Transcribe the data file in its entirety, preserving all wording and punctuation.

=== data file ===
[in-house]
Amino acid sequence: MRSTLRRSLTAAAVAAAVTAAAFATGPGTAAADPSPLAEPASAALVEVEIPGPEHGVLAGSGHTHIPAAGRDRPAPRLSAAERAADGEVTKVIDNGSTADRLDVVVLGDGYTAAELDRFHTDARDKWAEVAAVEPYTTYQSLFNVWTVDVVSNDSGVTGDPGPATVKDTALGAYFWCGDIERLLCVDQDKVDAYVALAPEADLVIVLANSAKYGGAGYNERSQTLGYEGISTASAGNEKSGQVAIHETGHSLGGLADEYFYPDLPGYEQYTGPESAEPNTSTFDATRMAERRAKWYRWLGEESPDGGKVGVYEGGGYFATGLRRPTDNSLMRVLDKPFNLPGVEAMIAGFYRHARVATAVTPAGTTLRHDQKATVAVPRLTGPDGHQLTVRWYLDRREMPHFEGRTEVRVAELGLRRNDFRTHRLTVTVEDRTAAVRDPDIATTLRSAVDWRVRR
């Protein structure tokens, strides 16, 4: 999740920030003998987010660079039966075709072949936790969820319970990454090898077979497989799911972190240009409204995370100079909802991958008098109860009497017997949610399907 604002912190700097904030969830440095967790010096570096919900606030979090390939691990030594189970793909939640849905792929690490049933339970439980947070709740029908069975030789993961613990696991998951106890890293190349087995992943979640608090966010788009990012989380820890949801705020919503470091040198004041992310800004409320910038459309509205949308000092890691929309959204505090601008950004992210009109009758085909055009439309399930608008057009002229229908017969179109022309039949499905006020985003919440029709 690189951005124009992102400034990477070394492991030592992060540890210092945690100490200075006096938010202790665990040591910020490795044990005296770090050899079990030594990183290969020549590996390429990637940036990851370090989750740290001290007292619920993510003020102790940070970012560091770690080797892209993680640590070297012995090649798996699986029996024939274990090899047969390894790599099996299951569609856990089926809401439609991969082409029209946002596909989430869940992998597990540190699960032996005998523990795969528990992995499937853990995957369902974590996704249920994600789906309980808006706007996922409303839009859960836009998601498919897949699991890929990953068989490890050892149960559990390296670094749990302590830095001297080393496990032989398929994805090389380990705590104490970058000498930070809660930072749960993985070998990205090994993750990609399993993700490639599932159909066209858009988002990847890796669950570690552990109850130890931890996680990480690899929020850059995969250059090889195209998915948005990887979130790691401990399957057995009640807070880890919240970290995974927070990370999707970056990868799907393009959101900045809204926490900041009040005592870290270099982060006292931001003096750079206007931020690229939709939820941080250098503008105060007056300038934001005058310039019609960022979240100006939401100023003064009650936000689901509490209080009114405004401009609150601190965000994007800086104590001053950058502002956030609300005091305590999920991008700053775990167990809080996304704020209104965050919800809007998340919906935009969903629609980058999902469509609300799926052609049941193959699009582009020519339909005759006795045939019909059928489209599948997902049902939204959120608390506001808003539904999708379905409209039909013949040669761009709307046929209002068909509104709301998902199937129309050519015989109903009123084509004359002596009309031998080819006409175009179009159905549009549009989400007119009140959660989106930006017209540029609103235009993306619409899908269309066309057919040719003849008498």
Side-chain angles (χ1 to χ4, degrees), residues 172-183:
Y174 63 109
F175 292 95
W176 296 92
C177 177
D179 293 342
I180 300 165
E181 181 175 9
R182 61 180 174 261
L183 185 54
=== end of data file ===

[in-house]
Amino acid sequence: MRSTLRRSLTAAAVAAAVTAAAFATGPGTAAADPSPLAEPASAALVEVEIPGPEHGVLAGSGHTHIPAAGRDRPAPRLSAAERAADGEVTKVIDNGSTADRLDVVVLGDGYTAAELDRFHTDARDKWAEVAAVEPYTTYQSLFNVWTVDVVSNDSGVTGDPGPATVKDTALGAYFWCGDIERLLCVDQDKVDAYVALAPEADLVIVLANSAKYGGAGYNERSQTLGYEGISTASAGNEKSGQVAIHETGHSLGGLADEYFYPDLPGYEQYTGPESAEPNTSTFDATRMAERRAKWYRWLGEESPDGGKVGVYEGGGYFATGLRRPTDNSLMRVLDKPFNLPGVEAMIAGFYRHARVATAVTPAGTTLRHDQKATVAVPRLTGPDGHQLTVRWYLDRREMPHFEGRTEVRVAELGLRRNDFRTHRLTVTVEDRTAAVRDPDIATTLRSAVDWRVRR
């Protein structure tokens, strides 16, 4: 999740920030003998987010660079039966075709072949936790969820319970990454090898077979497989799911972190240009409204995370100079909802991958008098109860009497017997949610399907 604002912190700097904030969830440095967790010096570096919900606030979090390939691990030594189970793909939640849905792929690490049933339970439980947070709740029908069975030789993961613990696991998951106890890293190349087995992943979640608090966010788009990012989380820890949801705020919503470091040198004041992310800004409320910038459309509205949308000092890691929309959204505090601008950004992210009109009758085909055009439309399930608008057009002229229908017969179109022309039949499905006020985003919440029709 690189951005124009992102400034990477070394492991030592992060540890210092945690100490200075006096938010202790665990040591910020490795044990005296770090050899079990030594990183290969020549590996390429990637940036990851370090989750740290001290007292619920993510003020102790940070970012560091770690080797892209993680640590070297012995090649798996699986029996024939274990090899047969390894790599099996299951569609856990089926809401439609991969082409029209946002596909989430869940992998597990540190699960032996005998523990795969528990992995499937853990995957369902974590996704249920994600789906309980808006706007996922409303839009859960836009998601498919897949699991890929990953068989490890050892149960559990390296670094749990302590830095001297080393496990032989398929994805090389380990705590104490970058000498930070809660930072749960993985070998990205090994993750990609399993993700490639599932159909066209858009988002990847890796669950570690552990109850130890931890996680990480690899929020850059995969250059090889195209998915948005990887979130790691401990399957057995009640807070880890919240970290995974927070990370999707970056990868799907393009959101900045809204926490900041009040005592870290270099982060006292931001003096750079206007931020690229939709939820941080250098503008105060007056300038934001005058310039019609960022979240100006939401100023003064009650936000689901509490209080009114405004401009609150601190965000994007800086104590001053950058502002956030609300005091305590999920991008700053775990167990809080996304704020209104965050919800809007998340919906935009969903629609980058999902469509609300799926052609049941193959699009582009020519339909005759006795045939019909059928489209599948997902049902939204959120608390506001808003539904999708379905409209039909013949040669761009709307046929209002068909509104709301998902199937129309050519015989109903009123084509004359002596009309031998080819006409175009179009159905549009549009989400007119009140959660989106930006017209540029609103235009993306619409899908269309066309057919040719003849008498």
Side-chain angles (χ1 to χ4, degrees), residues 172-183:
Y174 63 109
F175 292 95
W176 296 92
C177 177
D179 293 342
I180 300 165
E181 181 175 9
R182 61 180 174 261
L183 185 54